Sunday, December 13, 2015

Los Angeles Opera's magnificently sung and other-worldly Norma

Two striking leads, soprano Angela Meade and mezzo-soprano Jamie Barton, share the stage in Los Angeles Opera's magnificently cast and fiercely sung new production directed by Anne Bogart.

Angela Meade as Norma and Jamie Barton as Adalgisa
Despite the two leads and two characters having no familial connection, what is achieved is a remarkable pairing of artists in a work set ablaze with emotional conflicts, forgiveness and ineffable love which unfold in spectacular and dramatic fashion. Norma and Adalgisa have secretly broken their vow of virginity, are in love with the same man and in bed with the occupying enemy, the Roman Consul Pollione.

Meade and Barton seem to work from within and together in order to create a perceived sibling relationship full of intensity as only siblings know. In the subsequent fleshing out of unfolding events their attention to vocal detail is palpable and their unity in performance is sublime.

Meade portrays Norma with such verisimilitude that her final self-sacrificial act of death feels in accord with the immense potency she expresses in her character's complexities. Meade does so with a precious vocal instrument that impresses both technically and dramatically. In Meade's Norma we feel her wavering emotional state and her outwardly stalwart determination before she allows us to feel at peace with her own final atonement and death-walk to the pyre. From the start, Meade imbues confidence in her performance with a meditative and thrilling rendition of the opera's bel canto pinnacle, "Casta diva", all the way from recitative through to aria and cabaletta. The voice has staying-power, is agile and luscious, and the many register shifts are counterbalanced gloriously with range of volume and depth of colour.

Russell Thomas and Angela Meade 
At Meade's side, Barton is no shadow as Adalgisa. Recent winner of the 2015 Richard Tucker Award, Barton matches Meade's resilience with a polished and creamy mezzo-soprano. Plump with exciting expressivity and sympathetic control when blending in duets and ensemble, Barton's delectable talents are poignantly on show in Act II's duet with Meade in "Mira, o Norma" as the two melt harmoniously into song as Aldalgisa compels Norma to show empathy for her children before the two make a heartfelt declaration of friendship.

In an imposing Los Angeles Opera debut, Russell Thomas portrays a formidable and adrenalised, battle-ready Pollione, infusing his ember-warm and whipping resonant tenor with a cooling, attractive vibrato. Morris Robinson is a reckoning cornerstone as Oroveso, Norma's father and head of the Druids, with his thunderous, granular and stout bass. Young artists Lacey Jo Benter and Rafael Moras fill the roles of Clotilde and Flavio respectively with finely voiced, admirable performances. The Los Angeles Opera Chorus particularly impress with perceptible individual flights of voice and collective fluidity as the impatient men and women of Gaul.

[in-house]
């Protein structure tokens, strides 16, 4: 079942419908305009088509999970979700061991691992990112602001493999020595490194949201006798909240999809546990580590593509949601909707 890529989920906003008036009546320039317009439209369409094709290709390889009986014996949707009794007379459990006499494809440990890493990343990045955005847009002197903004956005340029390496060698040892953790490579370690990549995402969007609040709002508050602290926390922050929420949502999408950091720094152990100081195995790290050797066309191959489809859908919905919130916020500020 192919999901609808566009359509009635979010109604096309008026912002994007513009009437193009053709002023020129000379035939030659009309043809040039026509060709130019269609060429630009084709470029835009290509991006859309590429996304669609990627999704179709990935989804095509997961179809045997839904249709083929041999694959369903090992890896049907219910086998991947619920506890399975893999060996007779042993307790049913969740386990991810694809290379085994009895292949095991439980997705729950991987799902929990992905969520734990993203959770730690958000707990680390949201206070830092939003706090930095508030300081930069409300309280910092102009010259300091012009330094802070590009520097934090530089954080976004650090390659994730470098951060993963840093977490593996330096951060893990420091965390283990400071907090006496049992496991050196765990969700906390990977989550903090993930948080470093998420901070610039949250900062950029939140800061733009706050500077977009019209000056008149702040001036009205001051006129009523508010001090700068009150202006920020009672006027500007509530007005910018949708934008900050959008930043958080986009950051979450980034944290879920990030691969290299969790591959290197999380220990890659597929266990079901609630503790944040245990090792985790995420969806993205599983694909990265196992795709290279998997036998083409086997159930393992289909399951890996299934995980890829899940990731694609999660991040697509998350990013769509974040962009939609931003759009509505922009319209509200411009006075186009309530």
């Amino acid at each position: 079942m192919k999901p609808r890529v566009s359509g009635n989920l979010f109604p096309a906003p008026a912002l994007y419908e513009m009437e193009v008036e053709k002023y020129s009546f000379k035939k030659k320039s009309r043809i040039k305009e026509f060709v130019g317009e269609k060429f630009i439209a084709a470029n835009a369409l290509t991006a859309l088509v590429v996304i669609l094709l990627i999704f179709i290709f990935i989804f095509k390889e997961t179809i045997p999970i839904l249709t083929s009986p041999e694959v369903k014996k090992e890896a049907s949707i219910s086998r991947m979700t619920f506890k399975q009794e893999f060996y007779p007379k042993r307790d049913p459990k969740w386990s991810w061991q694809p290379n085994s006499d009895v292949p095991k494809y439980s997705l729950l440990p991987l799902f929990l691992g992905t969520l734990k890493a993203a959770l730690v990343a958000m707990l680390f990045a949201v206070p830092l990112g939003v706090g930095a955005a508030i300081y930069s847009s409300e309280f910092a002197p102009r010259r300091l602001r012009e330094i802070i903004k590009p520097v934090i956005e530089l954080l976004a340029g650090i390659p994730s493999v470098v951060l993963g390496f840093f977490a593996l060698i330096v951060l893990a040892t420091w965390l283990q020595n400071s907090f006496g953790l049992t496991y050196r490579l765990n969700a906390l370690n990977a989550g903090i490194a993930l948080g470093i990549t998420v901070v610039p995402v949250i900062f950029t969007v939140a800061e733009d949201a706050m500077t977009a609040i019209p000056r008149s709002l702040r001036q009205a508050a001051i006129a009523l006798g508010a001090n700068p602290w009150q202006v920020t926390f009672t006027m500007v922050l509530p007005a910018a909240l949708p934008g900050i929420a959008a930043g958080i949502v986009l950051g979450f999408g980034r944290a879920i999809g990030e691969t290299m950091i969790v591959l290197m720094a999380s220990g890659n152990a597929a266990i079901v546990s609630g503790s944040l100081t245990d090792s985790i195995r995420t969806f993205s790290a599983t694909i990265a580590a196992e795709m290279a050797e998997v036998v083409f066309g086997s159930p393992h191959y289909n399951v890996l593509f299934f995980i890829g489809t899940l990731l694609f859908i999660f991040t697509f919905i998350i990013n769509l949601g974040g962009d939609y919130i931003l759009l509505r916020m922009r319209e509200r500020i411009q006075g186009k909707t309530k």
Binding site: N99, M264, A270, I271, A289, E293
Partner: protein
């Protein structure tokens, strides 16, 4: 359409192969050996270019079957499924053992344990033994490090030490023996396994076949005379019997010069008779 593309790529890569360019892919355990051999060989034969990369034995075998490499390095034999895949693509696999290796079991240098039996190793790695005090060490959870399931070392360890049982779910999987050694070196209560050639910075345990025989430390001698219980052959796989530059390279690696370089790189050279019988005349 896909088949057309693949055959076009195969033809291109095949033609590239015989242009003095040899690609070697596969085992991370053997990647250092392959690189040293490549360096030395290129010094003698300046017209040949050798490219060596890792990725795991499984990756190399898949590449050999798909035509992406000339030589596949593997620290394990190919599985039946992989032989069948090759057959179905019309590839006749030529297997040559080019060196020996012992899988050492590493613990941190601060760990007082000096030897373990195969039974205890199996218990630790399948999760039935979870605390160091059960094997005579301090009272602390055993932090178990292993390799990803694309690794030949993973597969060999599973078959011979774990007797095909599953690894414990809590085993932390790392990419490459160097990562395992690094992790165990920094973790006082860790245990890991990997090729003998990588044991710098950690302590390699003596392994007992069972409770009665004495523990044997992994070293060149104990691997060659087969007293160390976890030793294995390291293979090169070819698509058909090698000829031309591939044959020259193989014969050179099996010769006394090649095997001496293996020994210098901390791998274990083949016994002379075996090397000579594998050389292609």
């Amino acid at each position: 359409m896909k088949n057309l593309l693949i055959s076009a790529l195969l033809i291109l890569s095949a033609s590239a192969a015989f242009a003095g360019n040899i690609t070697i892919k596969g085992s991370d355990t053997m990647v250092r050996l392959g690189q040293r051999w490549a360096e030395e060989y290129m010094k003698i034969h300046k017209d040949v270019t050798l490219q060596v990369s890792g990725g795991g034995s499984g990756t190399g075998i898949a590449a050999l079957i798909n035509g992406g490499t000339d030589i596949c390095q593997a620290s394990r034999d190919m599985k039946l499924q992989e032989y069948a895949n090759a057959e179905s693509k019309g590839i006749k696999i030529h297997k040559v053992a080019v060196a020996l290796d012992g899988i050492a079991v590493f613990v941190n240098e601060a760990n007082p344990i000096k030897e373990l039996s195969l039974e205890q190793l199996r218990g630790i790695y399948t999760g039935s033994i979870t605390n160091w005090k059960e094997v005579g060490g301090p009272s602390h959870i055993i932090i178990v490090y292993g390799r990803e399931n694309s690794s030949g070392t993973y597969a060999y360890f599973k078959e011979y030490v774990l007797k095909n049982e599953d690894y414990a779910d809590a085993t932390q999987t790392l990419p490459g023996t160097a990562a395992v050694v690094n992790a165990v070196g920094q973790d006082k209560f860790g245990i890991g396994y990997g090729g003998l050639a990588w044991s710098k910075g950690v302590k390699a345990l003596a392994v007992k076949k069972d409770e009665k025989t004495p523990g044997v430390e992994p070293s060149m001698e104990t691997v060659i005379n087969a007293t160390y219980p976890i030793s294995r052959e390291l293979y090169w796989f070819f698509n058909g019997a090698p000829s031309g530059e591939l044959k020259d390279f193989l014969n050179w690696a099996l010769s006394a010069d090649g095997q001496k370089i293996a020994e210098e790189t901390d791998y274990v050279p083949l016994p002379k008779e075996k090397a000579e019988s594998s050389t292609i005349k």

Although a clear sense of contrast and conflict pervade the work, Anne Bogart's direction is characterised by a well-intended duality of approach but limps along and lacks sophistication. A softly stylised choreographed flow, danced by the young virginal priestesses (choreographed by Barney O'Hanlon), occasionally seeps into the gestures of the cast who otherwise move with weighted-down majesty. Even Norma's two children are curiously choreographed as she raises the dagger in a vengeful act of borderline insanity before throwing her weapon down in self-loathing.

Angela Meade at right as Norma with the Los Angeles Opera Chorus
The duality continues, but successfully so, in Neil Patel's visually minimalistic and single set design that is both economical, intelligent and striking. Norma's 50-100 B.C. setting in Gaul is given an other-worldly light. A curving solid wall with rectilinear openings on stage left appears to symbolise the Roman occupation of Gaul's contrasting lightweight natural timber construction on stage right. Much of the drama and ritual becomes focused on a disc-shaped cutout in the warped, timber-ramped central stage area that appears at times to be the enormous moon in the background's shadow, perfectly juxtaposing the 'grove's' ritual significance. Duane Schuler's lighting design adds mystical depth and James Schuette's costumes pay period homage.

Conducting in the pit, the indefatigable Los Angeles Opera Music Director, James Conlon, sculptured glowing, sympathetic and appealing musical support for his on-stage artists. The Los Angeles Opera Orchestra spun their beauty with tautness, the strings and woodwind in particular displaying impeccable underlying energy. If anything, Maestro Conlon kept a lid on musical volatility, punctuating the score sparingly while providing generous space for the large voices to project across their entire range. It was only in Act II's climactic run when the lid truly lifted off and percussive largesse overflowed.

Despite the production's occasional inertness, the magnificence of the voices complete the dramatic narrative with overwhelming strength and, combined with its contemplative visual beauty, this Norma soars heavenly high.

Production photographs: Ken Howard


  1. I must correct you here. As Pasta's biographer, (Pasta: A Life on the Lyric Stage, available on eBay) I have to tell you that Giulia Grisi was definitely not Pasta's sister. She was an only child. You are confusing her with Giuditta Grisi. Pasta was, in fact, dismissive of Giulia Grisi's vocal talents, as was Bellini. The latter actually refused a great deal of money to revise Norma to suit Grisi's talents.

  2. Kenneth, thank you kindly! There's something to learn from this! I've deleted the content. I need to find the source I found that but I thought it was in the program.